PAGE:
Medal of Honor recipient speaks to Air Force Academy cadets
March 1, 2012
FORT CARSON, Colo. (March 1, 2012) -- In the theater of Arnold Hall, 3,000 Air Force Academy cadets sat in silence, fixated on the Army noncommissioned officer standing on stage.
"I am honored to be here with you," said Sgt. 1st Class Leroy Petry, Army Ranger and Medal of Honor recipient and keynote speaker at the 19th Annual National Character and Leadership Symposium. "You guys are taking the first steps of your career path. I see a lot of young Soldiers who look up and say, 'I want to be just like Sergeant Petry,' but the truth is, it's the leaders. There are so many great leaders all around. You're going to be leaders."
Petry spoke to cadets at the Feb. 23 event about leadership, highlighting the qualities he values in his officers.
"Mutual respect is key," he said. "The (enlisted Airman) will follow you because of your rank, but they're going to push twice as hard if they respect you as a person."
Petry encouraged cadets to lead by example, to have confidence in their decisions and to learn from failure.
"You're going to make mistakes," he said. "It's how you learn from those mistakes and mitigate them that will make you a great leader."
Petry advised cadets to learn from their NCOs.
"Attach yourselves to your counterparts," he said. "Be a sponge. Know your weaknesses and your strengths."
He also stressed safety, recounting a time when he had to tell his commanding officer that a situation was unsafe and a jump training mission had to be canceled.
"I made the call," he said. "I said it isn't safe to jump. My company commander looked at me and said, 'Are you sure?' He really wanted to jump. I said, 'I'm positive.' We ended up linking up with the rest of our force 24 hours later, but it was worth it because all of my men came back and none of them got hurt."
Petry drew the comparison of his training exercise to the battle that earned him the Medal of Honor.
"I look at this as a positive story," he said. "I had the unfortunate loss of one of our guys that day, but I got two other Rangers that survived."
Petry earned the Medal of Honor May 26, 2008, after his Ranger regiment encountered enemy fighters near Paktya Province, Afghanistan. A staff sergeant serving with Company D, 2nd Battalion, 75th Ranger Regiment at Joint Base Lewis-McChord, Wash., Petry braved enemy fire despite injuries to both of his legs to save two comrades.
"We all go out there thinking we're Superman," he said. "Well, unless that grenade was made of kryptonite, I'm not Superman."
According to his Medal of Honor citation, Petry used suppressive fire to help Rangers move into position when enemy fighters began throwing grenades. The first knocked two Rangers to the ground, wounding both. When a second grenade landed close to his comrades, Petry "unhesitatingly and with complete disregard for his safety, deliberately and selflessly moved forward, picked up the grenade, and in an effort to clear the immediate threat, threw the grenade away from his fellow Rangers."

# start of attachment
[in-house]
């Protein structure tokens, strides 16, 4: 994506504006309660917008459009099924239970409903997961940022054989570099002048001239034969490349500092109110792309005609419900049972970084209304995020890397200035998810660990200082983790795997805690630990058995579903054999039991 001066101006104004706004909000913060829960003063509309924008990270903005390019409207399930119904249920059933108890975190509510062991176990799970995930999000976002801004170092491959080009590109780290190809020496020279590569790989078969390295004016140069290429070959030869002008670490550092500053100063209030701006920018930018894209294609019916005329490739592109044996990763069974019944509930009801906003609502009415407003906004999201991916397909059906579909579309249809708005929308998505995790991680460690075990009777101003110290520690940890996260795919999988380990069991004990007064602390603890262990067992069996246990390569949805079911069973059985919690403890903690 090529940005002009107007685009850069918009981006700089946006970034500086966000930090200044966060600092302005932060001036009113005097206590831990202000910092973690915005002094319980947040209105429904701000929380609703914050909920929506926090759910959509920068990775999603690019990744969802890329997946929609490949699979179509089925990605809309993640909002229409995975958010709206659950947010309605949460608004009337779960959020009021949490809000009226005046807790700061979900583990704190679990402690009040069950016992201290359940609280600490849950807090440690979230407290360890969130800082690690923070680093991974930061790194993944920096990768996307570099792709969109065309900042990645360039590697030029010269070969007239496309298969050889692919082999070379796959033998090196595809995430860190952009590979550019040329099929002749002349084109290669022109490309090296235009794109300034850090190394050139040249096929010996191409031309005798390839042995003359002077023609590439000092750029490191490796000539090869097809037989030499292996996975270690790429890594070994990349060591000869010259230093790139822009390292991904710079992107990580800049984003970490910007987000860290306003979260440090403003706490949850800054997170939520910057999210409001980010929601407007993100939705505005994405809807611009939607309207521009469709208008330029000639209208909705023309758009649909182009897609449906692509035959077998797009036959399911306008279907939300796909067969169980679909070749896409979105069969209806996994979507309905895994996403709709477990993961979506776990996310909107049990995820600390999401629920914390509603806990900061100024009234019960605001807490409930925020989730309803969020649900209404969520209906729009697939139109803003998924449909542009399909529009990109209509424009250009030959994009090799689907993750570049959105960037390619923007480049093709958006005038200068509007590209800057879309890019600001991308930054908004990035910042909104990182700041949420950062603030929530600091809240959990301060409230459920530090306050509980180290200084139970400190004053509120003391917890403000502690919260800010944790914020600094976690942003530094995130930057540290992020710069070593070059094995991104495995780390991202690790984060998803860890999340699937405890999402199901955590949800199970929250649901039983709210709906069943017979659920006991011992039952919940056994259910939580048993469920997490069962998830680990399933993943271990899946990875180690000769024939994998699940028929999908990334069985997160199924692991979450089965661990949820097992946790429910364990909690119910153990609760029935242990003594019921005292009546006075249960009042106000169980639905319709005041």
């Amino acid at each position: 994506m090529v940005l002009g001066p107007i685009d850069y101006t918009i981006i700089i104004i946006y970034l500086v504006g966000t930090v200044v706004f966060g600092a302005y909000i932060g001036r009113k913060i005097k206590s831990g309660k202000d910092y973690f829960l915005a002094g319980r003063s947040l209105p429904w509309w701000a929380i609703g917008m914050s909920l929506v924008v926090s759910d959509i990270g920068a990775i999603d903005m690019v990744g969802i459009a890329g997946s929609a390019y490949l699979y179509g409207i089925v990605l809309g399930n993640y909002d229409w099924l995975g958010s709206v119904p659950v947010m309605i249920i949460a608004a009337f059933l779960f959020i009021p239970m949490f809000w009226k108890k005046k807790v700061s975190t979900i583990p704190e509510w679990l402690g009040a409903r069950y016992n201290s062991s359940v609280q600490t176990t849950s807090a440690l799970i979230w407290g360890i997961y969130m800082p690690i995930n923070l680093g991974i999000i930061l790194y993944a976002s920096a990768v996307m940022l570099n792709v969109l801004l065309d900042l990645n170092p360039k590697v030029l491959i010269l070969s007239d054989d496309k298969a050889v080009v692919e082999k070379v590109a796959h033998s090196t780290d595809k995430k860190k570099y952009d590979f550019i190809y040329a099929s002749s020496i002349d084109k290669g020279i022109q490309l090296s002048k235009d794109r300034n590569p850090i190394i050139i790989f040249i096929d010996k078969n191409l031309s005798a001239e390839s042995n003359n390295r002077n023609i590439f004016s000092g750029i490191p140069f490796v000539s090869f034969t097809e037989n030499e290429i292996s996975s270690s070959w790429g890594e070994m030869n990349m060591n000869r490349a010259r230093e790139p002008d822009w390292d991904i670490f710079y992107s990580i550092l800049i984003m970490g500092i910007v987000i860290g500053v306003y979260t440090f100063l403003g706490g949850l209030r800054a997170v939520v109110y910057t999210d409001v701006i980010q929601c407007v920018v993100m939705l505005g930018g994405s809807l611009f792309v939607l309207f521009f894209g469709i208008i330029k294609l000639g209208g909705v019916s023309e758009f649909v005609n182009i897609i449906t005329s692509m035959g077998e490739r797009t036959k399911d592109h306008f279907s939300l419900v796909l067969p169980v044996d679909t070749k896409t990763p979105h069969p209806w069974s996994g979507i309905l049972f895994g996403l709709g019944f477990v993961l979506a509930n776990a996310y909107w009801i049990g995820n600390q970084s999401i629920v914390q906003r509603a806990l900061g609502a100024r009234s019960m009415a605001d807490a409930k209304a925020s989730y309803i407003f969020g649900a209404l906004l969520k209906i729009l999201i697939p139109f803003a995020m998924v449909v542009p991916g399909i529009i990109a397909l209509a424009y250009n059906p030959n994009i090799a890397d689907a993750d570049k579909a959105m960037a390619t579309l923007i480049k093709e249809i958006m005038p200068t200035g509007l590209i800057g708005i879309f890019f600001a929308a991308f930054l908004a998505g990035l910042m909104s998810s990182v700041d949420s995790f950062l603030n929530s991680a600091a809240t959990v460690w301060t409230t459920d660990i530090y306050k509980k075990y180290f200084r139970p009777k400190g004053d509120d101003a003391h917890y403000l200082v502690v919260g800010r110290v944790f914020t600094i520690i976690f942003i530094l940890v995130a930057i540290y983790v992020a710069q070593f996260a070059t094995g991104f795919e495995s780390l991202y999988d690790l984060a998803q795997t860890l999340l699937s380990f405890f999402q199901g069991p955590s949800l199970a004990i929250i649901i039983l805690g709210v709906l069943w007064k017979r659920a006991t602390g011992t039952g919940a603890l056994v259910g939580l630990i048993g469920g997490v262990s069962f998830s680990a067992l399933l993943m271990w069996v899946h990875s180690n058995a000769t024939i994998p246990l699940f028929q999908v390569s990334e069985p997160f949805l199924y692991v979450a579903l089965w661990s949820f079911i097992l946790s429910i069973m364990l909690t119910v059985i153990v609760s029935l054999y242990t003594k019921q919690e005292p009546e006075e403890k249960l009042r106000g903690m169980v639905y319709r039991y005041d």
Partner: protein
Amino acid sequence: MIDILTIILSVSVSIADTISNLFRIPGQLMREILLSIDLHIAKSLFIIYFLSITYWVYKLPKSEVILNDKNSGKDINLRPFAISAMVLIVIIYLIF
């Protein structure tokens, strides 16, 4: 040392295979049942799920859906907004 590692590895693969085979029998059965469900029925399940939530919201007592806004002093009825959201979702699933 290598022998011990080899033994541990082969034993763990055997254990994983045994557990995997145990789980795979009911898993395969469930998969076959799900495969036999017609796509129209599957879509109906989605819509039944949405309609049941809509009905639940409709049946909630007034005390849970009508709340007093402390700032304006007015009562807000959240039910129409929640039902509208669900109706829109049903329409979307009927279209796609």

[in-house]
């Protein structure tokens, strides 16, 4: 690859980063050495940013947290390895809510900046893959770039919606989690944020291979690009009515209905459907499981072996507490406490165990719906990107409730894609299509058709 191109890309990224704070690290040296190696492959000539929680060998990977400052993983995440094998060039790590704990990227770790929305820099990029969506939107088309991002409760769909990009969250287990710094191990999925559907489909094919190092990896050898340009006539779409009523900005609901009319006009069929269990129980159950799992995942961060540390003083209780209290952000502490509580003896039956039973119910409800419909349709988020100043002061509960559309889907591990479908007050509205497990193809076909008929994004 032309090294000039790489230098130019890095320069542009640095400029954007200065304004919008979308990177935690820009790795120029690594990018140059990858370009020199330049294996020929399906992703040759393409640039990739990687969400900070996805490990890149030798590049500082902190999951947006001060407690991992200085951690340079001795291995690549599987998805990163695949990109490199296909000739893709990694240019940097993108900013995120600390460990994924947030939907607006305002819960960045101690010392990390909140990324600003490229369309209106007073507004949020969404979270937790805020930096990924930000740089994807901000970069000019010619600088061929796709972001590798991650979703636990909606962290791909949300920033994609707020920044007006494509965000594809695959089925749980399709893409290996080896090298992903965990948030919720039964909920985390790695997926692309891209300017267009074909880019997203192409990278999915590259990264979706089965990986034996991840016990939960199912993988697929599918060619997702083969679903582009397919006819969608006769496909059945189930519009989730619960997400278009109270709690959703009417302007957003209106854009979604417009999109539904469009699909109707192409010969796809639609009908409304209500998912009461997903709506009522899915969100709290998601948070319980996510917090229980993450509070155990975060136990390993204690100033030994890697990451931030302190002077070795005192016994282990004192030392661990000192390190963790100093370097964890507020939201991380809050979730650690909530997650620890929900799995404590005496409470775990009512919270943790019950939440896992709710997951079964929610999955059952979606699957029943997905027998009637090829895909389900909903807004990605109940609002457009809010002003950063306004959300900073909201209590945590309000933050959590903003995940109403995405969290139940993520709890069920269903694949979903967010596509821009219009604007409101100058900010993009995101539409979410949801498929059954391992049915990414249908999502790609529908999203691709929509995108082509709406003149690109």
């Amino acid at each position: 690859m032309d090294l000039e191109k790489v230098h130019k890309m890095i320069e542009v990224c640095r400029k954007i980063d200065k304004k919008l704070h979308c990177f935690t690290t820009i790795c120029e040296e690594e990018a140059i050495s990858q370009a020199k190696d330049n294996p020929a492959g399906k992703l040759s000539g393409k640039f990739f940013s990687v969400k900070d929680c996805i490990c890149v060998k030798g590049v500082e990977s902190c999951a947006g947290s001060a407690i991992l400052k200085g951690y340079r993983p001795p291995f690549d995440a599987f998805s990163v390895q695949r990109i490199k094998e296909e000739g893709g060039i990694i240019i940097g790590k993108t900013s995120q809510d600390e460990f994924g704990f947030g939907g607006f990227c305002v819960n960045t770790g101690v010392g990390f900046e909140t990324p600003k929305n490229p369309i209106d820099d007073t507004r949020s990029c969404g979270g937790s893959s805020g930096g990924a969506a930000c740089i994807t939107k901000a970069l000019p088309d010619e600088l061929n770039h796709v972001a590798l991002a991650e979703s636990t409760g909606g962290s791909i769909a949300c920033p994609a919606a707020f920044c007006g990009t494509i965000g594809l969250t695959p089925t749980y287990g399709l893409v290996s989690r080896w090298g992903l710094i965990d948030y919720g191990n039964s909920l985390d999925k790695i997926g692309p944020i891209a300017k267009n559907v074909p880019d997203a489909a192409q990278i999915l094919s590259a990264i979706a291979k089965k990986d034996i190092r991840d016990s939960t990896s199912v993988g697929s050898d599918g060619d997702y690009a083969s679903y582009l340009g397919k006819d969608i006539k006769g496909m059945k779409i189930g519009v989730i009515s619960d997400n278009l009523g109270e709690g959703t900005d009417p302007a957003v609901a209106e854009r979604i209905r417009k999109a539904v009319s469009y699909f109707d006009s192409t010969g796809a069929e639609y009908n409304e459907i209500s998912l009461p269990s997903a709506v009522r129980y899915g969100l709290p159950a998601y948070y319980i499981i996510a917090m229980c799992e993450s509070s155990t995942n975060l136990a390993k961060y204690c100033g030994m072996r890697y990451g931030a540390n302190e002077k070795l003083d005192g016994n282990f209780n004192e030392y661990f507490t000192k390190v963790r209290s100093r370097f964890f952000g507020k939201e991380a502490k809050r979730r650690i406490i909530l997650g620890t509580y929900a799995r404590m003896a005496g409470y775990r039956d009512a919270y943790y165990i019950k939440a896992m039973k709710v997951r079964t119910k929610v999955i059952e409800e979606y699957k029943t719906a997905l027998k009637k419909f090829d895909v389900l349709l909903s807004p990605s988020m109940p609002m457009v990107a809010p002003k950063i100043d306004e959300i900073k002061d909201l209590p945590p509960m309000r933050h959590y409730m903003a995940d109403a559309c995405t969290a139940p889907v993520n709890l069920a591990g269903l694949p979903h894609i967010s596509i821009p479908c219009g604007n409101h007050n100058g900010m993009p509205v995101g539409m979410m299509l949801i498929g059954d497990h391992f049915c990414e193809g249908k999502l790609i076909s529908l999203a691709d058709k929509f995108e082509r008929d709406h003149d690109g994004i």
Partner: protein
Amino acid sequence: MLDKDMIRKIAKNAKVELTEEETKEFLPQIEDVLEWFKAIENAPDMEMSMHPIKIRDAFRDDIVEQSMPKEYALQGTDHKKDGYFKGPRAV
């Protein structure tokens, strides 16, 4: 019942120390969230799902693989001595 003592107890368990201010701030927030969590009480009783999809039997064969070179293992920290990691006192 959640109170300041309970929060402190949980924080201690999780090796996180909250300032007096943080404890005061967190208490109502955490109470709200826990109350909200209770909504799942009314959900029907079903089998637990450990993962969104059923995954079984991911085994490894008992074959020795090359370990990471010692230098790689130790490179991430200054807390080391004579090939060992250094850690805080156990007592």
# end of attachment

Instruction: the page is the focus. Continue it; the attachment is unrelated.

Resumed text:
As he released the grenade, it detonated, amputating his right hand at the wrist. Petry applied his own tourniquet and was eventually medically evacuated to safety.
Petry underwent several surgeries and received a prosthetic hand, which attaches to his forearm.
"It's a great conversation starter," Petry told the cadets as he rotated his hand 360 degrees. "I have attachments, knives, a hook and two-foot fishing pole."
Despite his injuries, he's continued to serve, re-enlisting to work with wounded, ill and injured servicemembers.
His continued service and dedication exemplified leadership and led to the invitation to speak at the Academy, officials said.
"I feel honored that someone of his caliber would come and talk to us," said Corey Landis, Air Force Academy cadet. "It hasn't been that long since he's had (the Medal of Honor). He's more down to earth (than other speakers). It's nothing he's rehearsed."
Landis' classmates agreed.
"It's real," said Mike McClearn, cadet. "It was amazing."
"It doesn't matter that he's Army," said Eric Ruth, cadet. "We have a rivalry, but when it comes down to it, we're all brothers in arms."
Petry echoed those sentiments during his speech.
"We're one team when we go out together," he said. "There were numerous times I had seen the AC-130 coming, breaking hell over the objective and it was a great feeling knowing we had that support. Shoot, Air Force gave me a ride every time I went overseas. Sure beats a boat ride."